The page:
Our Home Saga:
Purchase Contract

In the spring of 2003, Theresa and I started looking for houses again. We abandoned the idea of buying a place where we could keep the boat nearby, and this allowed me to expand my search to the eastern Bay. I stumbled across several nice listings, so I sent them to Theresa. She really liked one of the houses, so she suggested that we find out if the owner might be amenable to a delayed closing (so we wouldn't have to break our lease). I was skeptical that anyone would entertain such an offer in a hot housing market, but Theresa called the realtor anyway.

Theresa discovered that the house was vacant and two offers had already fallen through, so the owner certainly was amenable to a delayed closing if it came with a solid contract. We later discovered that this was because the owner had no clue what a "delayed closing" really entailed, but that's for later in the story...

I should mention at this point that the listing seemed almost too good to be true. The house was beautiful, sitting on 3/4 acre by a lake, nicely landscaped with numerous beautiful live oaks and palm trees. Moreover, the house had a large entryway, 4 bedrooms, a study, 3 full baths, a pool, and a 3-car garage -- all for a lot less money than any comparable properties I'd found. So... we kinda' knew there must be a catch.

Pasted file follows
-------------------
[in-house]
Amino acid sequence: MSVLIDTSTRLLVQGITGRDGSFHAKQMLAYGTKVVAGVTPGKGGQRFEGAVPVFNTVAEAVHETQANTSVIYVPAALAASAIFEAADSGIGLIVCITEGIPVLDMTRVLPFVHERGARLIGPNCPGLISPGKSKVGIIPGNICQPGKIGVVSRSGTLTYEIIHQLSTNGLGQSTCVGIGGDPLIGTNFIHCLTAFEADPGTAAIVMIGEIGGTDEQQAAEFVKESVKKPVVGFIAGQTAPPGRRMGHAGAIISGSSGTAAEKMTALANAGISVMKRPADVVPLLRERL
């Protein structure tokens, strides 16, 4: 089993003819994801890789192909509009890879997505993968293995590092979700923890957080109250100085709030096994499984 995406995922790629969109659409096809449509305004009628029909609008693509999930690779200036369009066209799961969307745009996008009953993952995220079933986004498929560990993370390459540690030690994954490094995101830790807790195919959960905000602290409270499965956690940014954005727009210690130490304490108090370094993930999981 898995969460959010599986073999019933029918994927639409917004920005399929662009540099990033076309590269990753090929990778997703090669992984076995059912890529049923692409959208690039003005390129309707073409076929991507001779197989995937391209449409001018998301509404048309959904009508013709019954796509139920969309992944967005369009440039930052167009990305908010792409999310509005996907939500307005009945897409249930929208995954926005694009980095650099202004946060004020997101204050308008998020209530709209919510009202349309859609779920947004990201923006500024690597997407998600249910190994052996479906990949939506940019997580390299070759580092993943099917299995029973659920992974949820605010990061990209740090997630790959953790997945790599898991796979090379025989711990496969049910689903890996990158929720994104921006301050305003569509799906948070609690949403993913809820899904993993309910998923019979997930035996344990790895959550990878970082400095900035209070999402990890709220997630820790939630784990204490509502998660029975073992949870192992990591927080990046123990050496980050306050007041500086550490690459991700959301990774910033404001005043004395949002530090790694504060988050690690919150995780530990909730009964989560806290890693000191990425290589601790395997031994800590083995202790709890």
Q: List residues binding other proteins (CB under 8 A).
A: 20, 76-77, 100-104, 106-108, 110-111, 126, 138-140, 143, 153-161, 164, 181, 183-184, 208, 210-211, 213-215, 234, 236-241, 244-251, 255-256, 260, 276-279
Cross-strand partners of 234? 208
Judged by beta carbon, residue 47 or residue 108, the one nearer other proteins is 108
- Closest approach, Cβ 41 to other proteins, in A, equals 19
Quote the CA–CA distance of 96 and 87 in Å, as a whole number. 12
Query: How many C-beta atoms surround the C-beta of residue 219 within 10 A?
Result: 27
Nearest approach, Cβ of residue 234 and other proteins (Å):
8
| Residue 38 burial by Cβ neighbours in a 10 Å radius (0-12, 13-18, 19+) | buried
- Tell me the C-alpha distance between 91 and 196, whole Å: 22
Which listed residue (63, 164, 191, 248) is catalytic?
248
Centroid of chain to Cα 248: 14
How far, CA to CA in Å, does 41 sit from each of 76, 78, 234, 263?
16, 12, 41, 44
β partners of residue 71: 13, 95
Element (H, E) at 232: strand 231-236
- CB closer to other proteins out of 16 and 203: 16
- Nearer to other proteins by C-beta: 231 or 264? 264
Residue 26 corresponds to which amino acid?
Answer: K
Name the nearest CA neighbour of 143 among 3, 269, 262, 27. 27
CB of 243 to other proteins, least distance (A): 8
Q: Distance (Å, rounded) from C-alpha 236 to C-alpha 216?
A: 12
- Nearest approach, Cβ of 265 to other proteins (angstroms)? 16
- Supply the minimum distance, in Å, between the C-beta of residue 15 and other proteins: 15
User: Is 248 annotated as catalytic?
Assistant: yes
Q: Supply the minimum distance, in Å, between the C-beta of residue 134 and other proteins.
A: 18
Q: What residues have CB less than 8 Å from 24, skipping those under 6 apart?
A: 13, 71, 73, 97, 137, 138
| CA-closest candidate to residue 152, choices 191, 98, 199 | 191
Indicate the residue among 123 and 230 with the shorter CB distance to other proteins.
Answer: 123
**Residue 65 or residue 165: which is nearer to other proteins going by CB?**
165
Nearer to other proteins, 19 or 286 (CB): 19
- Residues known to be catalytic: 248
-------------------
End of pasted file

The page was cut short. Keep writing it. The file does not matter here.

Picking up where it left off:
On April 5th, we drove out to see the house and discovered part of the problem. The house was no longer white but yellow; it had a brand new wooden fence around the entire yard; the lawn was mostly dead, and nothing had been pruned for ages. (Picture) The house looked nothing like the pictures in the listing (above). The interior was nice enough, but it had dark green carpet throughout (even in the master bathroom!), and there were dead bugs everywhere. The place looked like someone had just moved out.

Nevertheless, we liked the house and the property (particulary the trees), so we made an offer. The seller proved unwilling to negotiate much, but we eventually reached an equitable deal with a closing in late August. Little did we know that this was just the beginning...


2003 Robert M. Freeland II. All rights reserved.
Changes last made on: Wed, Oct 8, 2003